Studies of Clusters of Galaxies by Professor Blanton and Collaborators

Professor Elizabeth Blanton and collaborators are conducting a large survey of distant clusters of galaxies. They are using bent, double-lobed radio sources (AGN) as signposts for these high-redshift systems since radio sources with these morphologies usually reside in clusters and the radio emission is easy to see to large distances. The group is following up 653 of these sources that were not detected optically to the limit of the Sloan Digital Sky Survey in infrared light using the Spitzer Space Telescope. Deep, follow-up observations in optical light with the Discovery Channel Telescope have begun and will be crucial for estimating the photometric redshifts (to obtain distances) of the potential clusters and studying the galaxies they contain in more detail.

Top left: Sloan Digital Sky Survey r-band image with 1.4 GHz radio contours superposed. Cluster galaxies are not detected to the limit of the SDSS. Top right: Infrared 3.6 um image of the same field from the Spitzer Snapshot program. The cluster is easily visible. Bottom:  R-band  visible-light image from the LMI at the Discovery Channel Telescope of the same field. The total exposure was 30 minutes, and the seeing was approximately 0.7 arcseconds. Visible-light observations combined with those in the infrared are important for estimating the redshifts, and therefore distances, of the clusters in our survey, as well as for studying the galaxy populations in detail. The cluster shown is at a redshift of 0.96.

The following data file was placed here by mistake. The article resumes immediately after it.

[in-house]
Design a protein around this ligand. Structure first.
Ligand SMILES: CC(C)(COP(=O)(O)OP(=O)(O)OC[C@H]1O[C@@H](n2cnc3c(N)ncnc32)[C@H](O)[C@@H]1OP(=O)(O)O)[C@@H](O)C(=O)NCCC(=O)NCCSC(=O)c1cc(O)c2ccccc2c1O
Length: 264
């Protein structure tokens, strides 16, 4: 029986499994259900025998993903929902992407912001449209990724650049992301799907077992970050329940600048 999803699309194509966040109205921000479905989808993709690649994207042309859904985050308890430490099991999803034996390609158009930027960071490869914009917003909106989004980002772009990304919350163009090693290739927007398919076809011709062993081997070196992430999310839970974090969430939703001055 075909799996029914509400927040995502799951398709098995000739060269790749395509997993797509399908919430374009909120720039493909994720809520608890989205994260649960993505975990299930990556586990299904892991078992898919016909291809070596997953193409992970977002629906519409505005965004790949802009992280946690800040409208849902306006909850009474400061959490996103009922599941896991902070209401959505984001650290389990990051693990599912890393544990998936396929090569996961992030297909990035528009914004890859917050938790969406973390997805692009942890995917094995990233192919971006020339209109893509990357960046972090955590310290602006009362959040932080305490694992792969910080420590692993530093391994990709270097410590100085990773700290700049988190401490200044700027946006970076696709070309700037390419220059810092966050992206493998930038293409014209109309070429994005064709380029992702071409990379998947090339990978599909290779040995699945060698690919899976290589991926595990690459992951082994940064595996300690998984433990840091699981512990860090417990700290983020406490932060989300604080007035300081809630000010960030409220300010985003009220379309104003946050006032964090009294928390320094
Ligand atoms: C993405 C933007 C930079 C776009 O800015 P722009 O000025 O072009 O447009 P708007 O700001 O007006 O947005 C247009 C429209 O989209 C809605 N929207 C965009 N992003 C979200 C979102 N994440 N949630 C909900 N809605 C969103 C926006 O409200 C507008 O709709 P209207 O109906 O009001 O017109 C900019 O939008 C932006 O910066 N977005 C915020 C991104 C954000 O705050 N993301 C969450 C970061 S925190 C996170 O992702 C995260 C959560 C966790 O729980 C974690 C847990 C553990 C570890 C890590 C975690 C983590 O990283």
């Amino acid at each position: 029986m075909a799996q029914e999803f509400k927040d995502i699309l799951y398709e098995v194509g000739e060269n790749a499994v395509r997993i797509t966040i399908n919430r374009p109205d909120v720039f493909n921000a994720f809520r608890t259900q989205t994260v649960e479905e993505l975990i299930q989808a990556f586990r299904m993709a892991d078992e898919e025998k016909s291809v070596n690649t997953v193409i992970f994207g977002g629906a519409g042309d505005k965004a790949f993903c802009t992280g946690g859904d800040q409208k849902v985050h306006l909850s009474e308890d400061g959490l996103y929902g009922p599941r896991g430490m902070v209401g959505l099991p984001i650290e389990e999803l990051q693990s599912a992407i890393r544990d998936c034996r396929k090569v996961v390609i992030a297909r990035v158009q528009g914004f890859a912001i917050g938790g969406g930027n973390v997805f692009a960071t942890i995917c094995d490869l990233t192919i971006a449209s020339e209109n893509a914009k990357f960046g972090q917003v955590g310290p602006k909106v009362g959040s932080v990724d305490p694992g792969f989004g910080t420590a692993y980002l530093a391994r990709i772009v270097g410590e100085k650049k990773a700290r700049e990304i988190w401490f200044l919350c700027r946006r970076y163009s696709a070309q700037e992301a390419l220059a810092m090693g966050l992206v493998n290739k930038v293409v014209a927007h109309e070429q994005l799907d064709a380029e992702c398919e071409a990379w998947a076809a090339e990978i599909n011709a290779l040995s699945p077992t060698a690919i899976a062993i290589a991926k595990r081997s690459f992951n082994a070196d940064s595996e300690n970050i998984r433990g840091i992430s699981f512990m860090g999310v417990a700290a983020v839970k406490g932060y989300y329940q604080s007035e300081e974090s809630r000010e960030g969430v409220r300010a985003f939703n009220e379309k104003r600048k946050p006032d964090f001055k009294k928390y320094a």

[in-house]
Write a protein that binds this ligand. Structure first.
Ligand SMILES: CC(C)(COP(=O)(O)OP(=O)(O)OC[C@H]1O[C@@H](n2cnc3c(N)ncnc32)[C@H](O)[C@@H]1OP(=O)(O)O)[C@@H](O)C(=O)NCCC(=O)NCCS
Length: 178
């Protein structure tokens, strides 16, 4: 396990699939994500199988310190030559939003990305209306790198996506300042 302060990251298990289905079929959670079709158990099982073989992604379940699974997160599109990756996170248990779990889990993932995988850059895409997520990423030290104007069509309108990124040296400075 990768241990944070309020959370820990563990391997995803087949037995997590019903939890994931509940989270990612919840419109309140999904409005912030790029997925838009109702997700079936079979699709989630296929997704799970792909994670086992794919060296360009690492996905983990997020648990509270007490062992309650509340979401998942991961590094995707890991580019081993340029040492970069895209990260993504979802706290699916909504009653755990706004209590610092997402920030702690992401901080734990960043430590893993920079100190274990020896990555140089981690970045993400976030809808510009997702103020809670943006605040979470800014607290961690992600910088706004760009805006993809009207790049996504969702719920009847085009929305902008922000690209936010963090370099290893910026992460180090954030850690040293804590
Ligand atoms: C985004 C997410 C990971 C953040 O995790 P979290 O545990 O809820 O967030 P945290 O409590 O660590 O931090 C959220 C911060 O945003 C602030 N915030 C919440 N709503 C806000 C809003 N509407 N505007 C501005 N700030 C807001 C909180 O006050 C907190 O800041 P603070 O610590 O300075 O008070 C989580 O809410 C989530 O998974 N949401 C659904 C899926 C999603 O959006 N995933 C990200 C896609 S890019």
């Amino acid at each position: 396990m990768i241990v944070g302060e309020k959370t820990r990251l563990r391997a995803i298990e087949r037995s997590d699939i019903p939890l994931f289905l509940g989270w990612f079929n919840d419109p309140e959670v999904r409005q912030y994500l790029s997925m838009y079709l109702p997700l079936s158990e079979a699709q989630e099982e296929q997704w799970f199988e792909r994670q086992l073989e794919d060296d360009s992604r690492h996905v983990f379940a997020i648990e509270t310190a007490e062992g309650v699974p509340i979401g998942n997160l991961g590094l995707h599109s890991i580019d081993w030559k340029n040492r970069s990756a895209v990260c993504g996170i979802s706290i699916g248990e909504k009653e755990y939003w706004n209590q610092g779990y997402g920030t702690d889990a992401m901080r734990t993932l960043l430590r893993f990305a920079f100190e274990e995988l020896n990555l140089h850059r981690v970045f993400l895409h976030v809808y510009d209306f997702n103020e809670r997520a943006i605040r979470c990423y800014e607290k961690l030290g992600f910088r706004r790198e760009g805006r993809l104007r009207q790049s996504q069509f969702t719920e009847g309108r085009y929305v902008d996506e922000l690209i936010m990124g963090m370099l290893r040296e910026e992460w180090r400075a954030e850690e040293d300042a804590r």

Top left: Sloan Digital Sky Survey r-band image with 1.4 GHz radio contours superposed. Cluster galaxies are not detected to the limit of the SDSS. Top right: Infrared 3.6 um image of the same field from the Spitzer Snapshot program. The cluster is easily visible. Bottom: R-band visible-light image from the LMI at the Discovery Channel Telescope of the same field. The total exposure was 30 minutes, and the seeing was approximately 0.7 arcseconds. Visible-light observations combined with those in the infrared are important for estimating the redshifts, and therefore distances, of the clusters in our survey, as well as for studying the galaxy populations in detail. The cluster shown is at a redshift of 0.96.